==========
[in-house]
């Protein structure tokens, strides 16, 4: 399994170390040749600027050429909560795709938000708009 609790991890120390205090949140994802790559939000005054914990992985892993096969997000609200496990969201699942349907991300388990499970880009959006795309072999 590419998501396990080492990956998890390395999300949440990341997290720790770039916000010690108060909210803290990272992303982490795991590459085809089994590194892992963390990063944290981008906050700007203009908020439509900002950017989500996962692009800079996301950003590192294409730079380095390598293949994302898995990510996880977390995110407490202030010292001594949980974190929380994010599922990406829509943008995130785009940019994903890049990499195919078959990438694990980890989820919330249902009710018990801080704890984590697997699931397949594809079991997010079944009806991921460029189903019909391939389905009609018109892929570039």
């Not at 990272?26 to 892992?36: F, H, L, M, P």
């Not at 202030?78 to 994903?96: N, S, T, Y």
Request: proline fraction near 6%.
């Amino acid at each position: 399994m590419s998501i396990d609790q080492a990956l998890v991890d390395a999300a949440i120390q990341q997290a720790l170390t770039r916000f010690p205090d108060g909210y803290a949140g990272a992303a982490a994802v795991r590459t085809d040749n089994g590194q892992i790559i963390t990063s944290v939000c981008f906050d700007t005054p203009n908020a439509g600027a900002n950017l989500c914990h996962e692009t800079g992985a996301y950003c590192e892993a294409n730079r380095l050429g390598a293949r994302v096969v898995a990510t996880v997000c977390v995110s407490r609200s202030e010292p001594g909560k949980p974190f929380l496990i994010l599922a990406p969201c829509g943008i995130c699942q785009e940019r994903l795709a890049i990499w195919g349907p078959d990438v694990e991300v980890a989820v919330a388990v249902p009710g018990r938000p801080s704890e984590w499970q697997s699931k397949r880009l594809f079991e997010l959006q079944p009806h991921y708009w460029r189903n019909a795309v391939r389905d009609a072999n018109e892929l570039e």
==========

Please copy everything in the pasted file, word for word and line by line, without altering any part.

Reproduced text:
[in-house]
């Protein structure tokens, strides 16, 4: 399994170390040749600027050429909560795709938000708009 609790991890120390205090949140994802790559939000005054914990992985892993096969997000609200496990969201699942349907991300388990499970880009959006795309072999 590419998501396990080492990956998890390395999300949440990341997290720790770039916000010690108060909210803290990272992303982490795991590459085809089994590194892992963390990063944290981008906050700007203009908020439509900002950017989500996962692009800079996301950003590192294409730079380095390598293949994302898995990510996880977390995110407490202030010292001594949980974190929380994010599922990406829509943008995130785009940019994903890049990499195919078959990438694990980890989820919330249902009710018990801080704890984590697997699931397949594809079991997010079944009806991921460029189903019909391939389905009609018109892929570039």
């Not at 990272?26 to 892992?36: F, H, L, M, P």
């Not at 202030?78 to 994903?96: N, S, T, Y």
Request: proline fraction near 6%.
């Amino acid at each position: 399994m590419s998501i396990d609790q080492a990956l998890v991890d390395a999300a949440i120390q990341q997290a720790l170390t770039r916000f010690p205090d108060g909210y803290a949140g990272a992303a982490a994802v795991r590459t085809d040749n089994g590194q892992i790559i963390t990063s944290v939000c981008f906050d700007t005054p203009n908020a439509g600027a900002n950017l989500c914990h996962e692009t800079g992985a996301y950003c590192e892993a294409n730079r380095l050429g390598a293949r994302v096969v898995a990510t996880v997000c977390v995110s407490r609200s202030e010292p001594g909560k949980p974190f929380l496990i994010l599922a990406p969201c829509g943008i995130c699942q785009e940019r994903l795709a890049i990499w195919g349907p078959d990438v694990e991300v980890a989820v919330a388990v249902p009710g018990r938000p801080s704890e984590w499970q697997s699931k397949r880009l594809f079991e997010l959006q079944p009806h991921y708009w460029r189903n019909a795309v391939r389905d009609a072999n018109e892929l570039e």